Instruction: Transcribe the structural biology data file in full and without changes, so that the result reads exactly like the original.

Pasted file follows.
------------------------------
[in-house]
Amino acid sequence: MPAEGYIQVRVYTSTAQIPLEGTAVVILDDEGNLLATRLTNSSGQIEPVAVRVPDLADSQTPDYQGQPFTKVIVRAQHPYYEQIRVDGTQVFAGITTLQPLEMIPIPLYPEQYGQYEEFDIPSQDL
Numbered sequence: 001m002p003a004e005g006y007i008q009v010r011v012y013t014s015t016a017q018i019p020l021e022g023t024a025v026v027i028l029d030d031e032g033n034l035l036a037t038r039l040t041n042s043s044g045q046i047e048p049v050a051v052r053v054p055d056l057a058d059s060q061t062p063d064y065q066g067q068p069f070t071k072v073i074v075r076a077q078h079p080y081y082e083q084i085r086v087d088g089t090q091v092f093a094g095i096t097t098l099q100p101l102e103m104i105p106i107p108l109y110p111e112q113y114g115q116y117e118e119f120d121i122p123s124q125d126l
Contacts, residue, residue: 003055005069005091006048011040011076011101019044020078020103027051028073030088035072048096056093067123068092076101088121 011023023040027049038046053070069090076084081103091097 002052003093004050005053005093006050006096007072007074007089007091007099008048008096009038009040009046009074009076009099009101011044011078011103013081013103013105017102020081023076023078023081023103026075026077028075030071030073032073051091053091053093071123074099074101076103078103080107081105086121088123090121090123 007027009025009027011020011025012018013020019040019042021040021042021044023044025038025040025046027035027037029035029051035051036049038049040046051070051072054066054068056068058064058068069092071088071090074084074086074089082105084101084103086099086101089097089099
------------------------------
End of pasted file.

[in-house]
Amino acid sequence: MPAEGYIQVRVYTSTAQIPLEGTAVVILDDEGNLLATRLTNSSGQIEPVAVRVPDLADSQTPDYQGQPFTKVIVRAQHPYYEQIRVDGTQVFAGITTLQPLEMIPIPLYPEQYGQYEEFDIPSQDL
Numbered sequence: 001m002p003a004e005g006y007i008q009v010r011v012y013t014s015t016a017q018i019p020l021e022g023t024a025v026v027i028l029d030d031e032g033n034l035l036a037t038r039l040t041n042s043s044g045q046i047e048p049v050a051v052r053v054p055d056l057a058d059s060q061t062p063d064y065q066g067q068p069f070t071k072v073i074v075r076a077q078h079p080y081y082e083q084i085r086v087d088g089t090q091v092f093a094g095i096t097t098l099q100p101l102e103m104i105p106i107p108l109y110p111e112q113y114g115q116y117e118e119f120d121i122p123s124q125d126l
Contacts, residue, residue: 003055005069005091006048011040011076011101019044020078020103027051028073030088035072048096056093067123068092076101088121 011023023040027049038046053070069090076084081103091097 002052003093004050005053005093006050006096007072007074007089007091007099008048008096009038009040009046009074009076009099009101011044011078011103013081013103013105017102020081023076023078023081023103026075026077028075030071030073032073051091053091053093071123074099074101076103078103080107081105086121088123090121090123 007027009025009027011020011025012018013020019040019042021040021042021044023044025038025040025046027035027037029035029051035051036049038049040046051070051072054066054068056068058064058068069092071088071090074084074086074089082105084101084103086099086101089097089099